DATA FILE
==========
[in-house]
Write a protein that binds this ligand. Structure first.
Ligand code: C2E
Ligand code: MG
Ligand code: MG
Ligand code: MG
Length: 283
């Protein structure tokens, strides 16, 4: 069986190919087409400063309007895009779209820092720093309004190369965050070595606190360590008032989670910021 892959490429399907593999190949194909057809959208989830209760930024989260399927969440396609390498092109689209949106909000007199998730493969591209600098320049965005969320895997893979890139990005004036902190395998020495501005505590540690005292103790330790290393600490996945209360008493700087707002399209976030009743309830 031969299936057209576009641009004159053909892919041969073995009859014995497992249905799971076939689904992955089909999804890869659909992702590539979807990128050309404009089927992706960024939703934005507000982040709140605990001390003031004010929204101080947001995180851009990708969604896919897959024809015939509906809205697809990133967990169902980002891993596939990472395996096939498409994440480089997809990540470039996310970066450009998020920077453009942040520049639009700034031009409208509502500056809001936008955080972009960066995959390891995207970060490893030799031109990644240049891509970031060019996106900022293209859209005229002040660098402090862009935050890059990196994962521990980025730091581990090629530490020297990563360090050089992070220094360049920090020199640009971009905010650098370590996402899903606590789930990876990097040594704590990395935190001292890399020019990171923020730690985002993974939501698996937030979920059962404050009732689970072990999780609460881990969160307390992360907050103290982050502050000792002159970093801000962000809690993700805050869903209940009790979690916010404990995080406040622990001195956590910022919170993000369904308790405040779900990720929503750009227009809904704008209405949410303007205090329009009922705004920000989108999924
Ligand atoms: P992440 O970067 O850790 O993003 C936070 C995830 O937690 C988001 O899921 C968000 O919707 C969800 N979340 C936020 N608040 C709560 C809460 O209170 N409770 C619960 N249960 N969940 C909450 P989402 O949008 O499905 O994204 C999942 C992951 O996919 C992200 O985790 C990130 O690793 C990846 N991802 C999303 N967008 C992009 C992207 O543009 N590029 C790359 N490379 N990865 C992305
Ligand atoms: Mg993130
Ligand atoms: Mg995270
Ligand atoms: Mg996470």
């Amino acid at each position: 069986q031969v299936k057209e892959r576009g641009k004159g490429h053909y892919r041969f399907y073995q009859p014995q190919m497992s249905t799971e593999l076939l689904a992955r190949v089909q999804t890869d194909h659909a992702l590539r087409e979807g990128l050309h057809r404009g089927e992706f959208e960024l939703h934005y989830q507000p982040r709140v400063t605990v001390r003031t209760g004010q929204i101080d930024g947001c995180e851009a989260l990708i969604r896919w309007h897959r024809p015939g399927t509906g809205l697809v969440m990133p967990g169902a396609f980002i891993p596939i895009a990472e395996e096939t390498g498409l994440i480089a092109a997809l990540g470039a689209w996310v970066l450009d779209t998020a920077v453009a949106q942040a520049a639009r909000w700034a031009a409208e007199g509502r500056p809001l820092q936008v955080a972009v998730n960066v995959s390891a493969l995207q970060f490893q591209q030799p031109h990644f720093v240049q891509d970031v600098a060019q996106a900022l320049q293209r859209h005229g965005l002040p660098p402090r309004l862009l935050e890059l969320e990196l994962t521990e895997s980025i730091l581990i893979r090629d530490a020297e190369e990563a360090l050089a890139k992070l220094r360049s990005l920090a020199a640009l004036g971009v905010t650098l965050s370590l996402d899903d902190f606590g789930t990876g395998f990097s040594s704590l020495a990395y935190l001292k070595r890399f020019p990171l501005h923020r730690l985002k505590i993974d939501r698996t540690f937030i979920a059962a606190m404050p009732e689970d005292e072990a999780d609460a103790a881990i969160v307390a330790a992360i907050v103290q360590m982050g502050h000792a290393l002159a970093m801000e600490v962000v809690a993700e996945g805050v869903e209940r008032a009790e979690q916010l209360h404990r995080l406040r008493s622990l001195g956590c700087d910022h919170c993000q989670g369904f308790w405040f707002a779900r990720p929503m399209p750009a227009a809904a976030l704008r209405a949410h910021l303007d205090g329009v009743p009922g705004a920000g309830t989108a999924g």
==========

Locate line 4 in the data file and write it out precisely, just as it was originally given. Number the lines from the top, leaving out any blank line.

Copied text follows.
Ligand code: MG